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Saving and growth under borrowing constraints explaining the \"high saving rate\" puzzle

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  • Yi Wen

Abstract

Empirical evidence suggests that fast-growing economies tend to have not only high saving rates but also low interest rates. This evidence is difficult to reconcile with standard explanations about the positive linkages between saving and growth. These explanations rely either on high saving to explain high growth or on high growth to explain high saving; but in either case, they must imply and depend on high interest rates to induce high saving rates. Hence, the real puzzle is why households would save excessively to finance firms? investment when the interest rate on their savings is so low. This paper shows that if households face idiosyncratic wealth-income risk and are borrowing constrained, an otherwise-standard growth model can imply that fast-growing economies have not only high saving rates but also low interest rates. Precautionary saving under borrowing constraints can make an individual?s marginal propensity to consume negatively dependent on her permanent income, so that high income growth can lead to substantially increased saving without high interest rates. The predictions of the model are consistent with the experience of Japan (in the 1960-1970s) and China (in the past 30 years).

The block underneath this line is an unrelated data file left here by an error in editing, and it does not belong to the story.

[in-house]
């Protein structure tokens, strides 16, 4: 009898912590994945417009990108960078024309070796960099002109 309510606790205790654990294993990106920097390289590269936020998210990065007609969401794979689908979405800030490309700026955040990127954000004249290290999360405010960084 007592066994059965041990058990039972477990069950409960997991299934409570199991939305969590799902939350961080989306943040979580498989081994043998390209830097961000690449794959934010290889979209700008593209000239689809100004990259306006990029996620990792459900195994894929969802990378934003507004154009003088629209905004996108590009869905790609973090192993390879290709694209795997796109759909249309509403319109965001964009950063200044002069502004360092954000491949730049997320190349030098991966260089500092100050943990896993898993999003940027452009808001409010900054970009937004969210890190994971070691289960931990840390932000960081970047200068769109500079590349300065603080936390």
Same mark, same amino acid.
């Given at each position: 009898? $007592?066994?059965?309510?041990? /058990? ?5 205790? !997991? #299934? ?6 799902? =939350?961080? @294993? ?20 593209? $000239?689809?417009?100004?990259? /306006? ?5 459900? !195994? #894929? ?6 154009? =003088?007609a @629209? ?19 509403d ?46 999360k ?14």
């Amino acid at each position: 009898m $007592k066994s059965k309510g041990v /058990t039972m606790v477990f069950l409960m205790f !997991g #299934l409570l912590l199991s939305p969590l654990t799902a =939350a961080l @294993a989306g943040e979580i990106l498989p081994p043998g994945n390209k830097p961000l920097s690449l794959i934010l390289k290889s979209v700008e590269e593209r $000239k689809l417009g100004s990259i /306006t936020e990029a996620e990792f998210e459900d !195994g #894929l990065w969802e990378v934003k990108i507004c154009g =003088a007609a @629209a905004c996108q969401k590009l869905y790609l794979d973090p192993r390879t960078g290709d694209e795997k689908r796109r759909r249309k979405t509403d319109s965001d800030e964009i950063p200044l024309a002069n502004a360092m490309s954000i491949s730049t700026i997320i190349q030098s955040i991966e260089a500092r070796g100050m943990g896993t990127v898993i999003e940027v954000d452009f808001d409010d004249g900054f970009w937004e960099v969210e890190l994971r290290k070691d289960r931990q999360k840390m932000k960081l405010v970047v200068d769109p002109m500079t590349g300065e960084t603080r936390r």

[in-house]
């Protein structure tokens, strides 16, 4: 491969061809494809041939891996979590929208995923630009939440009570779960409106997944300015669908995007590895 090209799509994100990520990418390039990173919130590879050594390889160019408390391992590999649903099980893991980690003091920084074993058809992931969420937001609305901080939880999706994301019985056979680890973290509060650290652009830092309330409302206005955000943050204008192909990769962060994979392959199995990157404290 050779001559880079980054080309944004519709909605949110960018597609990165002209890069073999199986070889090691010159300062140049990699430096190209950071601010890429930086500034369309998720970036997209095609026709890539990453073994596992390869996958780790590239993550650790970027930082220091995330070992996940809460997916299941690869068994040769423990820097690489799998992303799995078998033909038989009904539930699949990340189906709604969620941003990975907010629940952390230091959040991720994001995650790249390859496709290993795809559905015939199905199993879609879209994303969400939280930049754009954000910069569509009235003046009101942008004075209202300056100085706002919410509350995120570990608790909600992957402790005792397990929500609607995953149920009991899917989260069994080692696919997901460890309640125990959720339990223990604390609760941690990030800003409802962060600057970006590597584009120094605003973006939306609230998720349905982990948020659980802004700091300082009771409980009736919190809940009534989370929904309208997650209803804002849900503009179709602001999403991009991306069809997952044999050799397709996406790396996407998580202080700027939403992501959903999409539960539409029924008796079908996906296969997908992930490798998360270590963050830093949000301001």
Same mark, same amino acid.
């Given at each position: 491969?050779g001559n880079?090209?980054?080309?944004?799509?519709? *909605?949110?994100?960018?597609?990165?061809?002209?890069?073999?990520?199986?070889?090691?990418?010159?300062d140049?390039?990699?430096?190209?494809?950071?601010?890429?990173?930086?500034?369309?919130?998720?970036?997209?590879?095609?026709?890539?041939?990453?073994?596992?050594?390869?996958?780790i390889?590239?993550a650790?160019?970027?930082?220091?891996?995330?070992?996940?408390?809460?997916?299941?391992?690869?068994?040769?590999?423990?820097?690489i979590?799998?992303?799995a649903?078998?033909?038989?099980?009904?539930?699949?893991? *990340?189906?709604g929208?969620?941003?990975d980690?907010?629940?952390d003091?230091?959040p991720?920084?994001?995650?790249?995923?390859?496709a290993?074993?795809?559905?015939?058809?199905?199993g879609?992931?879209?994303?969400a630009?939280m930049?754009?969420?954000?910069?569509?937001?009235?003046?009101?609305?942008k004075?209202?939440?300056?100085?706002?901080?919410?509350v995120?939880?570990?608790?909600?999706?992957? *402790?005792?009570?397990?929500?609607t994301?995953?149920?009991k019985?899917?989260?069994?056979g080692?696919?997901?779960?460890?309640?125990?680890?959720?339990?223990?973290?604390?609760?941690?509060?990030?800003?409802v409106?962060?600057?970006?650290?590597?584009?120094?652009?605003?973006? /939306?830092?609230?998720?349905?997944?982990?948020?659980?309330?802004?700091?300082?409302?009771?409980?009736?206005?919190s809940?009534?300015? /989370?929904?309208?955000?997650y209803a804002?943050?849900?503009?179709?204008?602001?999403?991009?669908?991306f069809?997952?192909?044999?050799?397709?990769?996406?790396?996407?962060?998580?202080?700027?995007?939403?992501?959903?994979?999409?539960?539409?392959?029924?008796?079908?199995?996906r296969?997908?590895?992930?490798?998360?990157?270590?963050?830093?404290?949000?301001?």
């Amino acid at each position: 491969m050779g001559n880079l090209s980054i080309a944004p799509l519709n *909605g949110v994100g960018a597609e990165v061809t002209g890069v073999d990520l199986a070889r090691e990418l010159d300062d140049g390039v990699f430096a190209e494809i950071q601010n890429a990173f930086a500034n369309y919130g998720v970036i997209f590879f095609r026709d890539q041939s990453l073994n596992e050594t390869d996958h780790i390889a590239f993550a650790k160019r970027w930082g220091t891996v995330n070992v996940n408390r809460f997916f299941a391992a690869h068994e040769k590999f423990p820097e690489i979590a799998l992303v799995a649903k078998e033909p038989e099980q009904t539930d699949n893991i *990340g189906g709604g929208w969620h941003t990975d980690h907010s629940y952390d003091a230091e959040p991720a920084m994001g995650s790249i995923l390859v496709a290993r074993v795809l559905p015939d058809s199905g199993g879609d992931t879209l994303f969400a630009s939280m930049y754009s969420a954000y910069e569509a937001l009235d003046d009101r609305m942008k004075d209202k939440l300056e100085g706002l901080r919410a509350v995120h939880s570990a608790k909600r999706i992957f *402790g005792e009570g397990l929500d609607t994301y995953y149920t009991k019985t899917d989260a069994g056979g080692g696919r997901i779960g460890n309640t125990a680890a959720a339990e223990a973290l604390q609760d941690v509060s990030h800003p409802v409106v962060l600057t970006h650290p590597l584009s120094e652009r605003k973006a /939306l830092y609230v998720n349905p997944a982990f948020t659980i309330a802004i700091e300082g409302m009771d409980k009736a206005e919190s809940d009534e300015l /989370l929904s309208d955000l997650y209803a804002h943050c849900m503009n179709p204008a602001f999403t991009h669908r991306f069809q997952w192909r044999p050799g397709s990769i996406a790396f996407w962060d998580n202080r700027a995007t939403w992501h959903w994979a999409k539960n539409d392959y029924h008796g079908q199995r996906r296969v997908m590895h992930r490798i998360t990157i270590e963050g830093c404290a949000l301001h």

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  • Yi Wen, 2009. "Saving and growth under borrowing constraints explaining the \"high saving rate\" puzzle," Working Papers 2009-045, Federal Reserve Bank of St. Louis.
  • Handle: RePEc:fip:fedlwp:2009-045
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    1. Growth leads to savings, not vice-versa
      by Economic Logician in Economic Logic on 2009-11-03 21:38:00

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    1. Kaiji Chen & Yi Wen, 2017. "The Great Housing Boom of China," American Economic Journal: Macroeconomics, American Economic Association, vol. 9(2), pages 73-114, April.
    2. Wang, Xin & Wen, Yi, 2012. "Housing prices and the high Chinese saving rate puzzle," China Economic Review, Elsevier, vol. 23(2), pages 265-283.
    3. Pan, Yao, 2016. "Understanding the rural and urban household saving rise in China," Regional Science and Urban Economics, Elsevier, vol. 56(C), pages 46-59.

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